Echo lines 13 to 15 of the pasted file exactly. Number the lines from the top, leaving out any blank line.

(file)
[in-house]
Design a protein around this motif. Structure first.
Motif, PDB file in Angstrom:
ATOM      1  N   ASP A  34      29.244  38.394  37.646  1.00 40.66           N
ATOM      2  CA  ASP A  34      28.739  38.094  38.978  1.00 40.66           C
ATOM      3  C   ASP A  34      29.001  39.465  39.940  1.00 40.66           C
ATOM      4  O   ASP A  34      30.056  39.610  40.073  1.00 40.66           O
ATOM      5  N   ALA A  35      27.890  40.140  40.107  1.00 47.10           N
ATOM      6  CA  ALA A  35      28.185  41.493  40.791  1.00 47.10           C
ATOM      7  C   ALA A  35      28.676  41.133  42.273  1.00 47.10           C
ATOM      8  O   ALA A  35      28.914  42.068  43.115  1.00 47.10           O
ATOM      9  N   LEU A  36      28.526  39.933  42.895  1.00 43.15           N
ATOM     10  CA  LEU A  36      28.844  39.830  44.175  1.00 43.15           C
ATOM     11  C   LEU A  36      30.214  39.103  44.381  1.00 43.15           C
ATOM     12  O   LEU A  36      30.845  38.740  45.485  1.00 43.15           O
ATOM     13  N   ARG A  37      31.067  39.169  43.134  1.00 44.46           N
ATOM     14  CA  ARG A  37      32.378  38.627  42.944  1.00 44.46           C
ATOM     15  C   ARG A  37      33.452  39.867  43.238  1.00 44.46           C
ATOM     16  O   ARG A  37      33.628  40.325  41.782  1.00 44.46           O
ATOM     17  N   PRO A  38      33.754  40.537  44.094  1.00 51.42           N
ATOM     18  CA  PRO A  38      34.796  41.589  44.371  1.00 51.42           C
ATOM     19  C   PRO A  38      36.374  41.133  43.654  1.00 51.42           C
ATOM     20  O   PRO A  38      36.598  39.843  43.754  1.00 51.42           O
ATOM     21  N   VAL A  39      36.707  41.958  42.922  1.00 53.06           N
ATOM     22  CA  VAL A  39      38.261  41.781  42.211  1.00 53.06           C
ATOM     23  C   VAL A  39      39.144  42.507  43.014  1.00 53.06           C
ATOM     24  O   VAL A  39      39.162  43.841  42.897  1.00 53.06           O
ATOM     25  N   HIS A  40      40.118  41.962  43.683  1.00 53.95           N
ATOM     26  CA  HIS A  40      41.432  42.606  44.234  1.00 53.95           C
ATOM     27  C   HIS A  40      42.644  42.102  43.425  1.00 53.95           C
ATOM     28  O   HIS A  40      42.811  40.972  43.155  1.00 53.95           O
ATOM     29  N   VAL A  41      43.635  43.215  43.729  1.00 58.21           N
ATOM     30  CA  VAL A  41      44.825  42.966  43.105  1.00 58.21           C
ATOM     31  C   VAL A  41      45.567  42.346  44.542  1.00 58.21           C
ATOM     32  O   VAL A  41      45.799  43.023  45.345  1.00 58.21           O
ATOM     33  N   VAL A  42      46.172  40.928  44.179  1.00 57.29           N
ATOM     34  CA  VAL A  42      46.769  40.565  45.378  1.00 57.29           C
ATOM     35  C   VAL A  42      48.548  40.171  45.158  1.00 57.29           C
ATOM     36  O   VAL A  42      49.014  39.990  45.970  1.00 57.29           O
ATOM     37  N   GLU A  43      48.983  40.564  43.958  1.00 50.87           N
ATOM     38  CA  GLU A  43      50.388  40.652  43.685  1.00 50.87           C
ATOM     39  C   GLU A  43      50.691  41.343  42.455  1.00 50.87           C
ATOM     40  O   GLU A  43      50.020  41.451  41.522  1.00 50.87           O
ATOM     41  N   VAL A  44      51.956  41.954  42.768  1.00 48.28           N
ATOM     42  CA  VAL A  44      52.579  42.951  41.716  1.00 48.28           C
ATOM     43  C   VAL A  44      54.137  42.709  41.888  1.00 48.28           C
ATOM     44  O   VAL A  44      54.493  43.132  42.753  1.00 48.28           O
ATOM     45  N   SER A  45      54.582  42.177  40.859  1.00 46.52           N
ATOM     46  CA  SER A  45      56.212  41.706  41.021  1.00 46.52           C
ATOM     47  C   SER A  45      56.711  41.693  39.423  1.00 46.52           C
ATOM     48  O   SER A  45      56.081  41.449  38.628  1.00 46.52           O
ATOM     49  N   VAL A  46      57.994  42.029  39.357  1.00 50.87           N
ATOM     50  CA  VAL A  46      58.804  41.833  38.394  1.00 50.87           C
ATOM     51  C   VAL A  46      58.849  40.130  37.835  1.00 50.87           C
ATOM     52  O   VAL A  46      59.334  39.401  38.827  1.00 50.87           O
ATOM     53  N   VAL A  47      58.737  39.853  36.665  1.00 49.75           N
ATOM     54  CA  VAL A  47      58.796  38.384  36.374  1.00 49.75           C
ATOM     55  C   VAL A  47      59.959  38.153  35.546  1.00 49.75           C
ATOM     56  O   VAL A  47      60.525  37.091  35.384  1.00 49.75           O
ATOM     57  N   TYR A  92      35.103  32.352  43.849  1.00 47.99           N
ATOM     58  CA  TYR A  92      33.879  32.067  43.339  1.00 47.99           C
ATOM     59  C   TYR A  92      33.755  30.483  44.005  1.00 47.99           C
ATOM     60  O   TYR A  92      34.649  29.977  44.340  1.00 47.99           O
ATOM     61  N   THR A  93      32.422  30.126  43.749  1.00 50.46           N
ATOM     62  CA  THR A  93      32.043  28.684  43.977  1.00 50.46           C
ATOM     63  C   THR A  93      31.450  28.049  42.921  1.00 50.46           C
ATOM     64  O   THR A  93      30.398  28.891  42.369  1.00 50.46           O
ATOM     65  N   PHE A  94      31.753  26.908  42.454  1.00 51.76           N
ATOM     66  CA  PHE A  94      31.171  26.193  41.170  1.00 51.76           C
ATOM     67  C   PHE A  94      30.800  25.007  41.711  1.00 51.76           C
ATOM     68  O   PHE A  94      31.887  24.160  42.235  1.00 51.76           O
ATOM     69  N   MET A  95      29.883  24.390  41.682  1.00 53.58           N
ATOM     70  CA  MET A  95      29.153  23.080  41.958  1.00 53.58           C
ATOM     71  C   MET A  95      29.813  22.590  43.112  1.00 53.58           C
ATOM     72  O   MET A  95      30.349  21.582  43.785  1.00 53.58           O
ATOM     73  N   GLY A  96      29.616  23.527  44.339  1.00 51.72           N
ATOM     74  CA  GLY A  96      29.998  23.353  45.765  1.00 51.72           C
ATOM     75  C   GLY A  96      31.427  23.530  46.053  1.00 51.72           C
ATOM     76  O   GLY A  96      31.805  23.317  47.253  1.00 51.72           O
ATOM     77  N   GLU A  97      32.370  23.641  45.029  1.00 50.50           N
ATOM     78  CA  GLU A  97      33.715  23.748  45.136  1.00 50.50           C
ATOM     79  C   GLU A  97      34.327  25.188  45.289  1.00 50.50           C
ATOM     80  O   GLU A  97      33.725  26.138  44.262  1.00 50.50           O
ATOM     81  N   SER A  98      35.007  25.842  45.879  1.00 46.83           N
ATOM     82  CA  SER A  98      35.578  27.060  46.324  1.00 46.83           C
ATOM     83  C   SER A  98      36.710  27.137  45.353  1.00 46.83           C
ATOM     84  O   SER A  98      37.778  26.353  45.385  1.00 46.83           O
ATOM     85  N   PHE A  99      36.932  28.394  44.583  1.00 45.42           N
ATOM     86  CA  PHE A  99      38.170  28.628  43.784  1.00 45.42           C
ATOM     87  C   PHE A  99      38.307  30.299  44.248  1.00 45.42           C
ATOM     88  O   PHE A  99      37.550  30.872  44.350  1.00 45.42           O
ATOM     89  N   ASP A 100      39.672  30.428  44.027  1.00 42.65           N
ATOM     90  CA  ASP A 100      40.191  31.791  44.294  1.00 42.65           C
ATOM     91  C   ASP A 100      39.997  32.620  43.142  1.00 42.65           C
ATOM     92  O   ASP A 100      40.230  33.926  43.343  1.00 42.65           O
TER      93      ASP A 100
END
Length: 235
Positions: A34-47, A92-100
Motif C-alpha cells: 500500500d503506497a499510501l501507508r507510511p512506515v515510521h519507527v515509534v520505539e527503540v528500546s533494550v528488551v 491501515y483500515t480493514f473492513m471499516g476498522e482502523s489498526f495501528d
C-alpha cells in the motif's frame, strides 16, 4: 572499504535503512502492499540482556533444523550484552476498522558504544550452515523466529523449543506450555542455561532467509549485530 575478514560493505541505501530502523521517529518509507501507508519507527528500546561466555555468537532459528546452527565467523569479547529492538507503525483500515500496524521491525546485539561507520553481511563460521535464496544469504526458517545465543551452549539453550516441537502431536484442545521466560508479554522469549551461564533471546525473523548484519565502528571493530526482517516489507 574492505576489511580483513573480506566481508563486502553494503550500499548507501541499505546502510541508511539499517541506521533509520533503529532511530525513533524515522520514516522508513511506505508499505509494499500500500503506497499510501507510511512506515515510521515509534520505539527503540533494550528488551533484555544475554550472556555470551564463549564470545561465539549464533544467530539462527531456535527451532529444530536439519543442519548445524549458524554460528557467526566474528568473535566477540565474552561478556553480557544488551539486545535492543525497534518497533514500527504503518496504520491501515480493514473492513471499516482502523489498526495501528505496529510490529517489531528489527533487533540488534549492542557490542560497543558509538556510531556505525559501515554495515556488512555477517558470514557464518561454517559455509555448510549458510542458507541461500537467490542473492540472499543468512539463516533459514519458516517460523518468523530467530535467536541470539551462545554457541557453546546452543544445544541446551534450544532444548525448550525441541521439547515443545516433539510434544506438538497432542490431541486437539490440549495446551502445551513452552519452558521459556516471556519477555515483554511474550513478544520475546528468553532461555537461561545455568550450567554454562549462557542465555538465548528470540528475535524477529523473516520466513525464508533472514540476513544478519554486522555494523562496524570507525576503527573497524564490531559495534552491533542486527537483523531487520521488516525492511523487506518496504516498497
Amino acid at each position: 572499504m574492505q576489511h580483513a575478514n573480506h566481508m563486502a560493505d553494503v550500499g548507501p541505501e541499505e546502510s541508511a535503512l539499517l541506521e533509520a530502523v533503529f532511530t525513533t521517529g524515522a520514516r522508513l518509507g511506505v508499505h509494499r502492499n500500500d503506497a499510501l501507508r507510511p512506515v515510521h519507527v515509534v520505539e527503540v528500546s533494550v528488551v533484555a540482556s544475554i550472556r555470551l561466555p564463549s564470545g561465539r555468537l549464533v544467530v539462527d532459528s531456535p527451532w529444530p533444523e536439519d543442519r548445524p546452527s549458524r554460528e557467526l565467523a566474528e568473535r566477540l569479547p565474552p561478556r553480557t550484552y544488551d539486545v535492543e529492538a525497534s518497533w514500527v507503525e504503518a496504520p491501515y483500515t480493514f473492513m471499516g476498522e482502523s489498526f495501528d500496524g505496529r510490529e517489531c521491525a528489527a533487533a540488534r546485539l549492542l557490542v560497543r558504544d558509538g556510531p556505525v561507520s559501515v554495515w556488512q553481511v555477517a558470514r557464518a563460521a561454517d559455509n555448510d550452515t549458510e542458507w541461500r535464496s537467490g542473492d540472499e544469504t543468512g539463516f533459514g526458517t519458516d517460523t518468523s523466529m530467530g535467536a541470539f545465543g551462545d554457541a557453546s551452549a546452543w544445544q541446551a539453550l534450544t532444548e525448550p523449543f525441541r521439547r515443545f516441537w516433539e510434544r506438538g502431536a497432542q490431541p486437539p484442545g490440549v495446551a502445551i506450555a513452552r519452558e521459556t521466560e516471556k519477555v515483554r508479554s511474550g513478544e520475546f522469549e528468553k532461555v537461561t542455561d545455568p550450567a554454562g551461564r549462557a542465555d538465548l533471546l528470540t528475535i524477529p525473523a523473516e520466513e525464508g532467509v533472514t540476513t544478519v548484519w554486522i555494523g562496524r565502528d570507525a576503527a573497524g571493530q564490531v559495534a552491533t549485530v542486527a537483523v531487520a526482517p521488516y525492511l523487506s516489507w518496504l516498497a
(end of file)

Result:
ATOM     10  CA  LEU A  36      28.844  39.830  44.175  1.00 43.15           C
ATOM     11  C   LEU A  36      30.214  39.103  44.381  1.00 43.15           C
ATOM     12  O   LEU A  36      30.845  38.740  45.485  1.00 43.15           O